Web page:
The Kingston Trio: Their Greatest Hits and Finest Performances
Take Her Out of Pity
I had a sister Sally, she was younger than I am.
Had so many sweethearts, she had to deny them.
But as for sister Sarah, you know she hasn't many.
And if you knew her heart, she'd be grateful for any.
Come a lands man, a pins man, a tinker or a tailor;
doctor, a lawyer, soldier, or sailor.
A rich man, a poor man, a fool or a witty,
don't let her die an old maid but take her out of pity.
We had a sister Sally, she was ugly and misshapen.
By the time she was sixteen years old she was taken.
By the time she was eighteen, a son and a daughter.
Sarah's almost twenty-nine, never had an offer.
She never would be scoldin'. She never would be jealous.
Her husband would have money to go to the alehouse.
He was there a-spendin'. She'd be home a-savin'
and I leave it up to you if she is not worth havin'.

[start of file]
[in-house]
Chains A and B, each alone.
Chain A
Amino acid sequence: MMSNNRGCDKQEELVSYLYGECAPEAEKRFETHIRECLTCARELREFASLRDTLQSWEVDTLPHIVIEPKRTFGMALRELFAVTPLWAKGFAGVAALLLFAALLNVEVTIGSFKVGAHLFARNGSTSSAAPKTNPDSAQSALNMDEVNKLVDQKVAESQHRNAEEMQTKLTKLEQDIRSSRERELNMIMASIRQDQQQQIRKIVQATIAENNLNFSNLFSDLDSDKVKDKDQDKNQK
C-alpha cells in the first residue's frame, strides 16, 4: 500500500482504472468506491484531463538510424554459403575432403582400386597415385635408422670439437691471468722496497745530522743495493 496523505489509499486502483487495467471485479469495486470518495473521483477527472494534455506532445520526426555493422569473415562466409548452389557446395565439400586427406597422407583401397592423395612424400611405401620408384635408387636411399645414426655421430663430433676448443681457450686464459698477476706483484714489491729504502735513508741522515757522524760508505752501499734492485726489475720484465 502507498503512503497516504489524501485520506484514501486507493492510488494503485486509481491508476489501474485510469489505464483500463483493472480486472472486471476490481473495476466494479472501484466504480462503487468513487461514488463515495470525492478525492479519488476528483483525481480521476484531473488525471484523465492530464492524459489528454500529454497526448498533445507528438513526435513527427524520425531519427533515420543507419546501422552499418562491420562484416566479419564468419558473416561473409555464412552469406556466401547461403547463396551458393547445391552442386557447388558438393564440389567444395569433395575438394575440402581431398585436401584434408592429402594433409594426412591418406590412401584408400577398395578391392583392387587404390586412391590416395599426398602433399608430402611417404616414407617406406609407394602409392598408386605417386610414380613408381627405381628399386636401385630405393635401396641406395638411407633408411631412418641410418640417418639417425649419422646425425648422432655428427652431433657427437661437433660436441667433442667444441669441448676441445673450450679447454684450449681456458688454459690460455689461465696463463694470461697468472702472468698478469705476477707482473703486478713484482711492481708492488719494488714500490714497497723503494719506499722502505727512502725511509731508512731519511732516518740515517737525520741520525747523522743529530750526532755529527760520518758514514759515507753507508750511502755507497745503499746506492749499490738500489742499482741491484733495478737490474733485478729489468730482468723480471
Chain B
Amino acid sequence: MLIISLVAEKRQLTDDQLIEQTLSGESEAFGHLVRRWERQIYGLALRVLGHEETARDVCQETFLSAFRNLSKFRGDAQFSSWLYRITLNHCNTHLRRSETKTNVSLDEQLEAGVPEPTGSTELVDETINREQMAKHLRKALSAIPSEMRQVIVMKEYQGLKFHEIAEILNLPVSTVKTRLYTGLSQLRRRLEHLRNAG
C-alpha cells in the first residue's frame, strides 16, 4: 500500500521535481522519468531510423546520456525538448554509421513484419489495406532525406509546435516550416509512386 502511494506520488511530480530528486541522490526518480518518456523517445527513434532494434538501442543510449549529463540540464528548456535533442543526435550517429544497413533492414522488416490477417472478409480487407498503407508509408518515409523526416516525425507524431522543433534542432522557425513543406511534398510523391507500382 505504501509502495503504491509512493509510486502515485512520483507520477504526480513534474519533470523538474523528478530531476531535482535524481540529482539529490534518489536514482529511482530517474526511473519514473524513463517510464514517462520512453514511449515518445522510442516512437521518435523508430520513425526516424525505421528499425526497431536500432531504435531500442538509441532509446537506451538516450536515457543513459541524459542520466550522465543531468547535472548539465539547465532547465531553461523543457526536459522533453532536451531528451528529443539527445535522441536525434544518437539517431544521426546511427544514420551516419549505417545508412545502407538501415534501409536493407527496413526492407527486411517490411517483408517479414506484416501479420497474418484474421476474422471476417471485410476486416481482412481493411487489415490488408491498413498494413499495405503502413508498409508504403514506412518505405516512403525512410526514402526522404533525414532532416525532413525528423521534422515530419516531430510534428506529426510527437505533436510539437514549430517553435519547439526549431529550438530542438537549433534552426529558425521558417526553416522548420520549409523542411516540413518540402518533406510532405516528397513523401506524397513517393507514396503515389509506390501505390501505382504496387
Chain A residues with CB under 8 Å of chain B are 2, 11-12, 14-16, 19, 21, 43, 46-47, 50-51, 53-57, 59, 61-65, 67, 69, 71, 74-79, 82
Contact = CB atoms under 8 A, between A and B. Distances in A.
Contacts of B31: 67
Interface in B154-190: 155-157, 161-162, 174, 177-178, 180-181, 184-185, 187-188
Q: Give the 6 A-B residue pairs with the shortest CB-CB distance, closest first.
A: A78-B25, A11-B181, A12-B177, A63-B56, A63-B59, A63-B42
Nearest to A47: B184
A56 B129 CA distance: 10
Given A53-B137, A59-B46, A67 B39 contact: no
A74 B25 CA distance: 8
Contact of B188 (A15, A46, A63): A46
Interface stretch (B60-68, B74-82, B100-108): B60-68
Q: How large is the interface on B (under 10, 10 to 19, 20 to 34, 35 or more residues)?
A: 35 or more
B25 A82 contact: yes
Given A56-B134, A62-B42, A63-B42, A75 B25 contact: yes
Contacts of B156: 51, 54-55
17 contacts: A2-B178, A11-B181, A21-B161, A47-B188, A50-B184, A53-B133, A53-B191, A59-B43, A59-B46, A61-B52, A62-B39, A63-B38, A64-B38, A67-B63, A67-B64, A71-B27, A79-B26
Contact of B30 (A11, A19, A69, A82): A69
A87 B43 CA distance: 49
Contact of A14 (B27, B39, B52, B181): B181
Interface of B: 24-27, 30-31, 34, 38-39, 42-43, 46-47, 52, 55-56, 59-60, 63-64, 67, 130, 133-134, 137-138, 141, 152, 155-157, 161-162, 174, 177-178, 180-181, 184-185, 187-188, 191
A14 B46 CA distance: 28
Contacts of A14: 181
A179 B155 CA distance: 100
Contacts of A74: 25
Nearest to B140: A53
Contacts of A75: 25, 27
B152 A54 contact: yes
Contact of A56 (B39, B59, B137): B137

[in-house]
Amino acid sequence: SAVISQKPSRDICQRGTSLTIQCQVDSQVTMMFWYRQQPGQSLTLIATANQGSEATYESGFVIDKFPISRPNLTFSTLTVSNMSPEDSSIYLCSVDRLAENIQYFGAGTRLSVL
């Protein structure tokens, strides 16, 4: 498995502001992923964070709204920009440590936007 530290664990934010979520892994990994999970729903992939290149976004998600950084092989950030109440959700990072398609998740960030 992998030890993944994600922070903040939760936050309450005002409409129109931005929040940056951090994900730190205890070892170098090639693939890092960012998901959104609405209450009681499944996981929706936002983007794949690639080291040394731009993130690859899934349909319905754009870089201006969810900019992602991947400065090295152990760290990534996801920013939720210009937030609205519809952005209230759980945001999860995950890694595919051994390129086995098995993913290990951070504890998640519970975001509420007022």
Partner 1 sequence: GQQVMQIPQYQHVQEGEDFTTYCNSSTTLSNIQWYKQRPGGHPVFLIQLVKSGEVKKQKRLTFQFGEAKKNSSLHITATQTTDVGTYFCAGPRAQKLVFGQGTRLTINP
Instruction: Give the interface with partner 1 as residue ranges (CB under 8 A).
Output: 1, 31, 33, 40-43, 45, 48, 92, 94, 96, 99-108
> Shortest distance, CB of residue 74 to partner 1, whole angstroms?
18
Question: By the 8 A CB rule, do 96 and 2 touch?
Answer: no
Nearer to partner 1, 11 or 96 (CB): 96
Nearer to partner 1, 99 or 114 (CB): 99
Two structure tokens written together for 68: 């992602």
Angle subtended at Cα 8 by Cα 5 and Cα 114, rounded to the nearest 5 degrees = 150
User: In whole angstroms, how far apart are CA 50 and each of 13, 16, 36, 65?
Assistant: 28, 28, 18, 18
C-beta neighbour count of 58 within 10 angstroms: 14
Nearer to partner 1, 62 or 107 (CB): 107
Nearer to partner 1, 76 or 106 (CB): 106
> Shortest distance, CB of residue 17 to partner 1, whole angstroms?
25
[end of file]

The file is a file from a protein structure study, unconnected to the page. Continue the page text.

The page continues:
Take Her out of Pity (Shane-Reynolds-Stewart) John Stewart contributed many original tunes to The Kingston Trio, often working in collaboration with Bob Shane and Nick Reynolds. "Take Her out of Pity" is an appealing example of the camaraderie they shared not only as performers, but also as composers. Their 1961 album Close-Up, the first to feature Stewart after he replaced Dave Guard, yielded this gentle jewel.
© 1994 The Reader's Digest Association, Inc. © 1994 The Reader's Digest Association (Canada) Ltd. © 1994 Reader's Digest Association Far East Ltd. Philippine Copyright 1994 Reader's Digest Association Far East Ltd. All rights reserved. Printed in the United States of America.
The Capitol Years 3: Take Her Out of Pity (Shane/Reynolds/Stewart) 2:36
Master #36382 recorded August 17, 1961
Album: CLOSE UP
"Take Her Out of Pity" is one of John Stewart's first featured lead vocals with the Trio, and it also boasts the prettiest melodies of the group's many songs. It would be the only track chosen from CLOSE UP to appear on what would eventually become their best all-time selling album, THE BEST OF THE KINGSTON TRIO. The track was also released (in 1962) as part of a new line of "Compact 33" singles (33 1/3 rpm instead of 45) that never caught on with record buyers.